The device may cost from anywhere from $400 to $3000 dollars, depending on the size of your household is.
Additional Costs: Always keep in mind that you need to include the price of installation and transport, as well. Plus, changing the salt for the brine tank will also incur additional costs. The average price of a standard 40 pounds (18 kg) bag of salt, enabling the smooth operation of the brine tank, is between $5 - $25.
Salt-free water conditioners use a medium other than sodium (typically potassium), which preferred for people on low-sodium diets. It’s important to note that while potassium is more friendly to the environment and specific dietary needs, it is substantially more expensive than sodium.
The mechanisms of a salt-free softener work not by removing calcium and magnesium, but by suspending those ions and preventing them from building up in the first place. However, this doesn't keep the ions from settling when water sits still, for example, your hot water tank.
You can find a wide range of types of this system on the market, which cost from $400 to$ 4000 dollars. Again, the wide range is price dependent on the manufacture, softener capacity needed, water hardness level, etc.
Additional Costs: On the other hand, one of the benefits is that there is no extra cost for additional bags of salt! You will only need to pay for the system itself, shipping, installation, and the occasional filter change.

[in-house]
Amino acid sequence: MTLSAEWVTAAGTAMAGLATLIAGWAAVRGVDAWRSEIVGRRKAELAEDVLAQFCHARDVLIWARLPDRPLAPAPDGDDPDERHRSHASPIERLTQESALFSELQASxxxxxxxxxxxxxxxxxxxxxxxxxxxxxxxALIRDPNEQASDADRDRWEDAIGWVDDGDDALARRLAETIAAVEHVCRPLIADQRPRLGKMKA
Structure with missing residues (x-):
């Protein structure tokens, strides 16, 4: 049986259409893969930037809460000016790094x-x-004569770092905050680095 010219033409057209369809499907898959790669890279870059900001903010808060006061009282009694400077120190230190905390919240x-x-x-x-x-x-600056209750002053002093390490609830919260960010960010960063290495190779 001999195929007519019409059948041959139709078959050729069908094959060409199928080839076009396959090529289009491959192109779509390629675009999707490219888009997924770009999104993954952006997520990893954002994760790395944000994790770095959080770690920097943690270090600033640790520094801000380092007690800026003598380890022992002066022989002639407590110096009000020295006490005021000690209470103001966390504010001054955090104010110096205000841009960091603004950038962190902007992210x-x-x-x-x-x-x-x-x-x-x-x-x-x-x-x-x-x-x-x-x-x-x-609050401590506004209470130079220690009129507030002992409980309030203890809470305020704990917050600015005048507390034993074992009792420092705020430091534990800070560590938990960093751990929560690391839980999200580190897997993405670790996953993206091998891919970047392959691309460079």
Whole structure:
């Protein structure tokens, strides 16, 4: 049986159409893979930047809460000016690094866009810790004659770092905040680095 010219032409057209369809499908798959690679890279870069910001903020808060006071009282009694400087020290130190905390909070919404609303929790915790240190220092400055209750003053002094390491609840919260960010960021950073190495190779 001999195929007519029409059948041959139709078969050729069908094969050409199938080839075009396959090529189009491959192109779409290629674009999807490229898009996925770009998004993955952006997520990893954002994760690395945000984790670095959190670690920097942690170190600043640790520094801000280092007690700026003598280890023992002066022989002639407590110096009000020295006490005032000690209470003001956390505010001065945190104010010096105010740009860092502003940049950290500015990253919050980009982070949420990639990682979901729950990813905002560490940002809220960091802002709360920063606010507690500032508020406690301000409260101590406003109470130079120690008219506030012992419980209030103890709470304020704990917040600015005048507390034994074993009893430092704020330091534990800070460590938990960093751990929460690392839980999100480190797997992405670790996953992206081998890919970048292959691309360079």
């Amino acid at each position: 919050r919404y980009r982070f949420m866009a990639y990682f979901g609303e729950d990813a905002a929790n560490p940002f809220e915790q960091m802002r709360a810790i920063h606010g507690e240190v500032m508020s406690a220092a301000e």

A dual tank water softener has two mineral tanks and is ideal for residential applications with extremely hard water. It's especially useful in homes with large families, or where the downtime of regeneration is an issue. While one tank is down for cleaning, the second tank is activated to ensure an uninterrupted supply of softened water is available.
Dual tank softeners cost from $1000 to $2,000. As you can expect, the starting price for this water softener system will be slightly higher. The cheapest one, which you can find on the market, will cost at least $1000.
It works using the same principle as an Ion water exchange softener. The only difference is in two tanks of purified water, ensuring the necessary soft water for your family at any time. Therefore, you should install this particular system if you have a big household.
Additional Costs: Costs will be similar to the salt-based water softener, eg. salt.
The newest type of water softener on the market is the magnetic, or electronic water softener. This is a plug-in device that attaches to your existing pipes. According to manufacturer claims, the magnetic field produced by the device reverses the charge of the ions causing them to resist clinging to the pipe and each other, thus preventing build-up.